Macy seamlessly works in facts about the differences between women's and men's basketball.  For instance, the first woman to adapt basketball into a game for women divided the court into three sections.  Each woman player is assigned to a section, where they stay for the whole game.  Macy describes the basketball as a "big, stuffed, leather ball" - a far cry from the ball we all know today.  But to me one of the most interesting differences between the game played in these pages and today's games was the score.  Stanford wins the game (a hard-fought battle) by a score of 2-1.  No, I didn't mistype that.  And it's pretty incredible that Macy can describe this game, and keep readers' interest, even without many baskets.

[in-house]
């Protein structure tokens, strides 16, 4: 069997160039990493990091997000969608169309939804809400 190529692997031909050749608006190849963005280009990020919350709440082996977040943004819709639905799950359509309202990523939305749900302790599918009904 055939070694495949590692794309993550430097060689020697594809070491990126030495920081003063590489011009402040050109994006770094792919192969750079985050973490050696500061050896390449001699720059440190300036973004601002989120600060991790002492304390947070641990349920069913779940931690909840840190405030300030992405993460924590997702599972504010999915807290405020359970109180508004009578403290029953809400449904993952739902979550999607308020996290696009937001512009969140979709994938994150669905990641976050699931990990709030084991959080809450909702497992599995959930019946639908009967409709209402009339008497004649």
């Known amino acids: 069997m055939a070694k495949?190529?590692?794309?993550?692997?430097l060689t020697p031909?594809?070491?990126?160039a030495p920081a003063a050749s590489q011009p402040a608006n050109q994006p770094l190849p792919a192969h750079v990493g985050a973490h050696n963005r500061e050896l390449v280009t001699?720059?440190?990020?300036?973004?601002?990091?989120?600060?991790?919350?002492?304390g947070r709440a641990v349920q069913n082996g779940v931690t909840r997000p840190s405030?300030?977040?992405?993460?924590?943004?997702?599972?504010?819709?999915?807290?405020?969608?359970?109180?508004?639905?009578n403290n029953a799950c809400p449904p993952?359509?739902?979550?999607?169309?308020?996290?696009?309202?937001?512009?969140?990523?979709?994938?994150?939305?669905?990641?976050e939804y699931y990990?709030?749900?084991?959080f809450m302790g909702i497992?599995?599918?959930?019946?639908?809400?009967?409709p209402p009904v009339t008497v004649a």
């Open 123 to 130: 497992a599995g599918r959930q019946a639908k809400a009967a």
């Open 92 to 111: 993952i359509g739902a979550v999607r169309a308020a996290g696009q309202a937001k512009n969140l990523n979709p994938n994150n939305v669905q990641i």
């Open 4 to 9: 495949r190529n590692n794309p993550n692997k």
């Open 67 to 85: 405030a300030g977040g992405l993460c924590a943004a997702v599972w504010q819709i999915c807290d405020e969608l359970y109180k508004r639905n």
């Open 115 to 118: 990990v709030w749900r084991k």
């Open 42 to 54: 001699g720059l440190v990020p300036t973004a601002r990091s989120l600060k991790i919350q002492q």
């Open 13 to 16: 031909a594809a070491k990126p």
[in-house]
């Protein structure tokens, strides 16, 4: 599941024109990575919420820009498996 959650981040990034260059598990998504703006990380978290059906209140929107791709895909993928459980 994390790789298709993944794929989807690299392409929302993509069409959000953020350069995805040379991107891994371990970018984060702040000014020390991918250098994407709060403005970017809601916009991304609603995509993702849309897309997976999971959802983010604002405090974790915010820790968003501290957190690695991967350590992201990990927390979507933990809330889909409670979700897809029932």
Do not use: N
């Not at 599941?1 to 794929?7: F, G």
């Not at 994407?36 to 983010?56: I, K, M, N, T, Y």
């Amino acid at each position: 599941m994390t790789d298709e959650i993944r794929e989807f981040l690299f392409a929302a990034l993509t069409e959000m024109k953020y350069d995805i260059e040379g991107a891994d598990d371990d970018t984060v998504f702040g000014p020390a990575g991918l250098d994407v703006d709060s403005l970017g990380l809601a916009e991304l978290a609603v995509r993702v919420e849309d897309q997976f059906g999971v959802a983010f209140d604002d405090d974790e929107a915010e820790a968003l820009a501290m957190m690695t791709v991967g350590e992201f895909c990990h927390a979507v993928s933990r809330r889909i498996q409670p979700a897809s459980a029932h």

Stanford and Berkeley are playing the first intercollegiate women's basketball game, and it's not without controversy.  Berkeley's team does not want any men to be allowed to watch this historic game because they "don't feel it's proper for women to perspire in front of men".  Yet five hundred women show up to cheer their teams on at this game.  Morley retells what happens when a shot knocks the basket off-kilter and janitors have to be called: "Out they come, the only men in the building.  The assistant stares at us so intently, he almost knocks the janitor off his ladder!"  This effectively emphasizes how unusual this game and these teams were.  This short episode within the larger game allows Macy to comment on the situation  without adding historical bulk to the action of the game.